Today, women constitute the greatest portion of the labor force working inside and outside of the home. In another couple of years, the same will likely be said of women in unions. In 2013, women made up roughly 46 percent of union members -- but by 2023, we will be the majority of the unionized workforce.
In spite of these strides, millions of female workers are getting the squeeze in today's economy. Even as women break the glass ceiling in business and politics, they still earn on average, 77 cents to every dollar earned by men -- and unions are a big part of the solution.
Women have a great deal to gain from joining a union, with union victories working to pave the way for workers to bargain for affordable family health care, fair wages, improved working conditions and a better life for their families.
Did you know that...
1. Unions have been a powerful force for women's equality.
Collective bargaining cuts down on employer favoritism, which helps women -- and importantly, women of color -- get a fair chance at work. Unionized women of color, for example, earn almost 35 percent more than non-union women of color.
2. Unionization results in significantly higher wages for women of all education levels.
Being in a union raises a woman's pay as much as a full year of college does. Being a member of a union raises women's wages by 12.9 percent -- or $2.50 per hour -- compared to their non-union peers.
Among women workers in the 15 lowest-paying occupations, the benefits are even greater, with female union members earning 14 percent more than those workers who were not in unions.
3. Unions protect workers' rights regardless of race, ethnicity, sexual orientation, gender identity or gender.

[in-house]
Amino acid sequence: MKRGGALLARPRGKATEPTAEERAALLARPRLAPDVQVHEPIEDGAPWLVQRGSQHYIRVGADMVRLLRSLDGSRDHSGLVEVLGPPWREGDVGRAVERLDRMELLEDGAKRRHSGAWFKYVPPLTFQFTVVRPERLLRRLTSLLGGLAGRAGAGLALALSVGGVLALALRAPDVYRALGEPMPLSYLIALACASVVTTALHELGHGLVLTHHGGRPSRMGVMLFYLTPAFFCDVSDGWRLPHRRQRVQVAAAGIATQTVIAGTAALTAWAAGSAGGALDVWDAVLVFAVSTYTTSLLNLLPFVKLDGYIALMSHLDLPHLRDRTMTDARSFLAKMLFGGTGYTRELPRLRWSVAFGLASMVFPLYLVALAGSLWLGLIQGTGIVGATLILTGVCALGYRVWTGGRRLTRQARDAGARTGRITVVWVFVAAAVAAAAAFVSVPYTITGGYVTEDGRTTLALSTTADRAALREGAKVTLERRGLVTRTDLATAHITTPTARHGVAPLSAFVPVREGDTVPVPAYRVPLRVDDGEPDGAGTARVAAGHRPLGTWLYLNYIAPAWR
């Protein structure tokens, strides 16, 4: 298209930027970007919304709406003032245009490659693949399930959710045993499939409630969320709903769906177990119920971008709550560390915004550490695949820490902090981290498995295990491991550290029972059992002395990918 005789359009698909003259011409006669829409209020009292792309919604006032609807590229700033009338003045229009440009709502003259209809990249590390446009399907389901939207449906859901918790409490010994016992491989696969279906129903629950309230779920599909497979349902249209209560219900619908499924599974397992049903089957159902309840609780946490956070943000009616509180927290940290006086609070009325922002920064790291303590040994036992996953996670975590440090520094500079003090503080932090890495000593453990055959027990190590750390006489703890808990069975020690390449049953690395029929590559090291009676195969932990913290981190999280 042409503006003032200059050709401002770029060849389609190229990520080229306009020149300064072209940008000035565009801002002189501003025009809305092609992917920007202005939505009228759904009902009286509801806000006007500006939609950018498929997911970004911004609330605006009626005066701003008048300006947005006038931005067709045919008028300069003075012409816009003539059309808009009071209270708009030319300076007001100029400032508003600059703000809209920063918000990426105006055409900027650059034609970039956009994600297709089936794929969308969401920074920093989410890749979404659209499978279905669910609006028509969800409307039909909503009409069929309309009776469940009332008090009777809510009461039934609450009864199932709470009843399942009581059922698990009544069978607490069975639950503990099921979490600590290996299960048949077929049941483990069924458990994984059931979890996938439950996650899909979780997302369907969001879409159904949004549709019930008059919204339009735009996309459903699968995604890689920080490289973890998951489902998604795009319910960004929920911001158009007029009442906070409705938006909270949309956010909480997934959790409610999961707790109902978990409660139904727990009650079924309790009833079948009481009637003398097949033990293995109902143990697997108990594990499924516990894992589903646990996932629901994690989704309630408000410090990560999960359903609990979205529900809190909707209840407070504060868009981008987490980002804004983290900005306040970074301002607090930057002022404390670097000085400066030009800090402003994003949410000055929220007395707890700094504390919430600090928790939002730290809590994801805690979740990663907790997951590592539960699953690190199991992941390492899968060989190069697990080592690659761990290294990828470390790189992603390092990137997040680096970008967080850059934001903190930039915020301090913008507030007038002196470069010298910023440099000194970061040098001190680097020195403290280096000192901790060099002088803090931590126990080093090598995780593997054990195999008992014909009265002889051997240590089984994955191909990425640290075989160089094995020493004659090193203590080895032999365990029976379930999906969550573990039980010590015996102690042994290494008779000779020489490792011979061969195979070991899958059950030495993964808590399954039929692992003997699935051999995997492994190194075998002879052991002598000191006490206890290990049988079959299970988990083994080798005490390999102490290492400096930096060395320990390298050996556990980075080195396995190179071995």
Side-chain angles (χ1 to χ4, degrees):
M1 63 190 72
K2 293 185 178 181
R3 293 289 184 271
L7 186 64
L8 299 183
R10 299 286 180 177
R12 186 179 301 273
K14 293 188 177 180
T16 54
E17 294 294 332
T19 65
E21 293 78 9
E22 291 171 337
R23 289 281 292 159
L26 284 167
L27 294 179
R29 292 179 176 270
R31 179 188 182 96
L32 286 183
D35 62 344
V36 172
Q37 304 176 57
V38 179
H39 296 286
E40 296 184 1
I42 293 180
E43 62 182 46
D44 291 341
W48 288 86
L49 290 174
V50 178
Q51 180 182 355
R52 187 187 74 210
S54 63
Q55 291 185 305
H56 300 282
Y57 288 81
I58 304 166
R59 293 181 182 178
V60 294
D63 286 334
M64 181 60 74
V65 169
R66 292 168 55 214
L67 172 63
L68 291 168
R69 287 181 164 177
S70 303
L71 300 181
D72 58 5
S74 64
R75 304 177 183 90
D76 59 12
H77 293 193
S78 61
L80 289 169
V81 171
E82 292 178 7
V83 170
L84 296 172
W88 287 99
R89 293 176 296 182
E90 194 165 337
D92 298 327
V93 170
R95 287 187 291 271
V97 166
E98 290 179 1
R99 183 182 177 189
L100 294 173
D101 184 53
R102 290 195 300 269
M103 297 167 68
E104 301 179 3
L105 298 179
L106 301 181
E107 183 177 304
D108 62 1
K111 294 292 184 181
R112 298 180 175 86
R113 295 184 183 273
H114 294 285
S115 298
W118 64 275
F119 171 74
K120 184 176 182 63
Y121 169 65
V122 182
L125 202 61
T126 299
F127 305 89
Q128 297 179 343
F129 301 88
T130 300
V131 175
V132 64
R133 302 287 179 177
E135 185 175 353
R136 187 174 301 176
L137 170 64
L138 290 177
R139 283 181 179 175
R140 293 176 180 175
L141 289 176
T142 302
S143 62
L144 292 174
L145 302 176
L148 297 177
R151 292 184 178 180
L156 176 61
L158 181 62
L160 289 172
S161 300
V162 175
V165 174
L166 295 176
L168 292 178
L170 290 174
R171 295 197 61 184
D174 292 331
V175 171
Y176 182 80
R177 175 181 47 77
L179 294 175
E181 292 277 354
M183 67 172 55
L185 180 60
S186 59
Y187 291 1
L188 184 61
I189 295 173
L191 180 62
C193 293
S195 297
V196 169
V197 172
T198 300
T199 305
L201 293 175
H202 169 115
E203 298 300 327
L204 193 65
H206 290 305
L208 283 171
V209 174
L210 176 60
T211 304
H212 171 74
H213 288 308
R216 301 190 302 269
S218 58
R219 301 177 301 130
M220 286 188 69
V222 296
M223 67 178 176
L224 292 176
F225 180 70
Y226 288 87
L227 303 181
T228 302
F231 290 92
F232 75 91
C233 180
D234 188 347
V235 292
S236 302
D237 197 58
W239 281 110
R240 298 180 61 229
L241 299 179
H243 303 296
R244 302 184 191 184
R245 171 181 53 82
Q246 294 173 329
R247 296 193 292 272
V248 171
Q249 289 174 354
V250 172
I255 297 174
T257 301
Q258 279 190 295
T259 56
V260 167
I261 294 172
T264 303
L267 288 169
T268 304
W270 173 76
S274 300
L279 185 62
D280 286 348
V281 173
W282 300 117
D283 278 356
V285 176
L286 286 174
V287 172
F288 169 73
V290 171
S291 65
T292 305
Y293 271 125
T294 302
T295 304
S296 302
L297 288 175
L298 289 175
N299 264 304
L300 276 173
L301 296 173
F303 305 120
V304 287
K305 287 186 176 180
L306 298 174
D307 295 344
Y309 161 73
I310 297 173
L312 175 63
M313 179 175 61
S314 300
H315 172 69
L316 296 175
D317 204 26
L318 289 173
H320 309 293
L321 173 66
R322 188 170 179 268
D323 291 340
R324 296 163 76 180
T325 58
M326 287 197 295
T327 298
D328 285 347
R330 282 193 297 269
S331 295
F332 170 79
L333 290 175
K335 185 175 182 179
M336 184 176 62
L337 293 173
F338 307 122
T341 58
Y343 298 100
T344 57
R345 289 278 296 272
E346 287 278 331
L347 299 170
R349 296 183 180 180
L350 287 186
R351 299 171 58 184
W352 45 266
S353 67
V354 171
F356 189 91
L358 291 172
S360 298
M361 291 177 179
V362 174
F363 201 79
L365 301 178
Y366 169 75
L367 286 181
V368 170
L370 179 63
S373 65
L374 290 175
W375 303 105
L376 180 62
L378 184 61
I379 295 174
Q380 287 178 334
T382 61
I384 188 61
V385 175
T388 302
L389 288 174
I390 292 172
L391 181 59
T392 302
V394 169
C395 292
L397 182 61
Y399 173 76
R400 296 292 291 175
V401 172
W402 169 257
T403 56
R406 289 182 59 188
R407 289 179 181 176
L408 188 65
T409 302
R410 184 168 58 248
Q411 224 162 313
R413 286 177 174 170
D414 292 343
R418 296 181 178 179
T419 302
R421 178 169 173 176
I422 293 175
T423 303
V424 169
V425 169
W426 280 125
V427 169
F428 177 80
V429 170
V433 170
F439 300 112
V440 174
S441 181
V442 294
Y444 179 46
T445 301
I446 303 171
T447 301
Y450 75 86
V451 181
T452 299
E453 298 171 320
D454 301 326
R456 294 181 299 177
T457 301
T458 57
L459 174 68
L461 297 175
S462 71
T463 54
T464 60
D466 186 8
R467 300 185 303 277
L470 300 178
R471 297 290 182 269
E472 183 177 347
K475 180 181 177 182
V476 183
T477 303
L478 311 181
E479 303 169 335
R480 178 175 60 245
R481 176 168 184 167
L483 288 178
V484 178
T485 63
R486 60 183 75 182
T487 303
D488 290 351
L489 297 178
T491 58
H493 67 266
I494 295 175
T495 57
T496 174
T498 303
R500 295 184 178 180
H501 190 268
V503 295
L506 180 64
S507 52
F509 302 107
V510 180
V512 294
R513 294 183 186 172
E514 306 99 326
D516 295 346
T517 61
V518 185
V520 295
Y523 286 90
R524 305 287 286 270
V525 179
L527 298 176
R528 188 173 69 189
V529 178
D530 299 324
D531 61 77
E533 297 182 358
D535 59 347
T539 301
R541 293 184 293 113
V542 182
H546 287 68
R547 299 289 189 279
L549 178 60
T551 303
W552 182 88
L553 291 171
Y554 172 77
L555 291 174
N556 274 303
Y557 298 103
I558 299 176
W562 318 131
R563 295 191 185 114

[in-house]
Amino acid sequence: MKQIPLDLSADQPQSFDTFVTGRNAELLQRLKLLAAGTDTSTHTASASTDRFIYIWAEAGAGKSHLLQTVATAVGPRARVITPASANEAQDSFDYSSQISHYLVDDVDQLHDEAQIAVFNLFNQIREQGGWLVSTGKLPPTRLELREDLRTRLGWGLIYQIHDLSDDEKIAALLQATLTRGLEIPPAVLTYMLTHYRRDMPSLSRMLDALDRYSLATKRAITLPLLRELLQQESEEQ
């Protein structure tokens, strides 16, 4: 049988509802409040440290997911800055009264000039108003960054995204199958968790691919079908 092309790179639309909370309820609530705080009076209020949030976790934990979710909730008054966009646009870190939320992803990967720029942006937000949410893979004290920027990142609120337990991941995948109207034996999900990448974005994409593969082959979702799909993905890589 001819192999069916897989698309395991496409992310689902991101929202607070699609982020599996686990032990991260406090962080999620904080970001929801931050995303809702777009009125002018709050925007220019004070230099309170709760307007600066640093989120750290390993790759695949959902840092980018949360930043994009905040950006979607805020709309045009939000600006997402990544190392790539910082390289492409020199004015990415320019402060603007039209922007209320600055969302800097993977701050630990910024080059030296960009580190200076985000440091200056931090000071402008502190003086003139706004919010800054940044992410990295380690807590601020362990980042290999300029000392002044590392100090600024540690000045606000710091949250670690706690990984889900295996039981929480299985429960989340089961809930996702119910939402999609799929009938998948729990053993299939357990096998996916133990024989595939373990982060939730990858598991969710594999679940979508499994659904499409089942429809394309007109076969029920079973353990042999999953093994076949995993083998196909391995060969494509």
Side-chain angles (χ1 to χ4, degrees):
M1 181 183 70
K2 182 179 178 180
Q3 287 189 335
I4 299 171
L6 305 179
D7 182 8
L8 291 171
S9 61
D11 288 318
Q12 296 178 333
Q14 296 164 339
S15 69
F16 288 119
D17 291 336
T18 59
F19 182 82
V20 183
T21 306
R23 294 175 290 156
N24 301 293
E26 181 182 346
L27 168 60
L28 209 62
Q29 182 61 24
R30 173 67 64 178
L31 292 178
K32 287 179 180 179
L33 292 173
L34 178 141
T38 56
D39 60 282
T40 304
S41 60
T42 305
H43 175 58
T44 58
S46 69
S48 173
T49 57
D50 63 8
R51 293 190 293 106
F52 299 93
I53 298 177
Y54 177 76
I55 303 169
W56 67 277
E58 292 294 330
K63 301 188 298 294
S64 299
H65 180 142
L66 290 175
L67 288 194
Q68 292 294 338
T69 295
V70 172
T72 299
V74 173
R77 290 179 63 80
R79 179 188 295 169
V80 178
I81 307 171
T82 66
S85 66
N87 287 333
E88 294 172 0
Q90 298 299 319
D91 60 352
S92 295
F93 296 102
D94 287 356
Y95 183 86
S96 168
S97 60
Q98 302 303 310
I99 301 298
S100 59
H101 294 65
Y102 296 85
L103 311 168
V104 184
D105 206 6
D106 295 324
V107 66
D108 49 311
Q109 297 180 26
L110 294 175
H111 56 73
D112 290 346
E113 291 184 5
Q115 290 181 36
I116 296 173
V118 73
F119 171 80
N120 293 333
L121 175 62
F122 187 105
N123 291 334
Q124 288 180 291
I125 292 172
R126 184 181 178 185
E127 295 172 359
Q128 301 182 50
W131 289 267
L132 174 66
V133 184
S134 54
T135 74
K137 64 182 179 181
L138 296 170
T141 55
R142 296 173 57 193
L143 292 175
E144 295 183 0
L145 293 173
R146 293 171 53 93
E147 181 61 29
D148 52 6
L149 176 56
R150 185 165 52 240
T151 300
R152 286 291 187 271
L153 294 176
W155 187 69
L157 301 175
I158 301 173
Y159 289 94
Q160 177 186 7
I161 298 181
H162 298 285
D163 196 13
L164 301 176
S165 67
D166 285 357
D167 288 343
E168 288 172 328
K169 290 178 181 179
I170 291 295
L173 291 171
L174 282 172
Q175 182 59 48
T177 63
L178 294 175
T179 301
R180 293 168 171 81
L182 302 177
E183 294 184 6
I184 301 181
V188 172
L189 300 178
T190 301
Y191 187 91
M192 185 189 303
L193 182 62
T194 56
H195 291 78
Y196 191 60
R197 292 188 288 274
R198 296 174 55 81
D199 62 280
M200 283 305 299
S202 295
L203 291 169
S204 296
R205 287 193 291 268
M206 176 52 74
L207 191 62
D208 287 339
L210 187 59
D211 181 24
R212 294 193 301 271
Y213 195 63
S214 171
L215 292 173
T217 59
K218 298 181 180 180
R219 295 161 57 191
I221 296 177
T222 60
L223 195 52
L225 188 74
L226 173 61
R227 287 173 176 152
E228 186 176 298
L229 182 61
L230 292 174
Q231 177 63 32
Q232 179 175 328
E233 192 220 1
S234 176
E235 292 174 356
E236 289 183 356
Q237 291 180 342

In a country where it's still legal for an employer to fire someone for being gay in 29 states, and for being transgender in 34, having a union can make all the difference.
4. Unionization raises the probability of a woman having a pension.
The union advantage is most impressive when looking at employer-provided retirement plans. Women represented by unions are a whopping 53.4 percent more likely to have pension coverage than their non-union counterparts.
5. Being in a union is good for a woman's health.
The union impact on a woman's likelihood of having health insurance is even larger than the impact on wages. At every education level, female union members are 36.8 percent more likely to have employer-sponsored health insurance plans.
6. Unions help close the wage gap.
Despite the fact that the gender wage gap overall hasn't made any progress in the last five years, it's been shrinking among workers who belong to a union, declining 2.6 cents between 2013 and 2012. The gender gap between what unionized male workers make and what unionized female workers make is just 9.4 cents, which, according to a report by the National Women's Law Center, means that unionized working women make more than 90 percent of what men do.
Among non-union workers, on the other hand, the wage gap is 18.7 cents, about double the gap between union workers. And while all workers typically make higher wages when they're unionized, a women's boost of $222 a week is even bigger than her male counterpart.
Gender inequality: There's still much work to be done
Yet even as we celebrate International Women's Day -- with this year's theme being "Equality for women is progress for all" -- we cannot lose sight of the work yet to be done to achieve full equality.
The remaining wage gap in this country is an affront to the millions of hardworking women who deserve the same compensation as their male counterparts. It will take 75 years for there to be equal number of women and men in top-level management positions at the rate we're going, and female CEOs currently reign over only 5 percent of Fortune 500 companies.
Considering the great boost to equality, pay and benefits that unions bring, it's important that anyone who cares about the well-being of women workers also care about unions.
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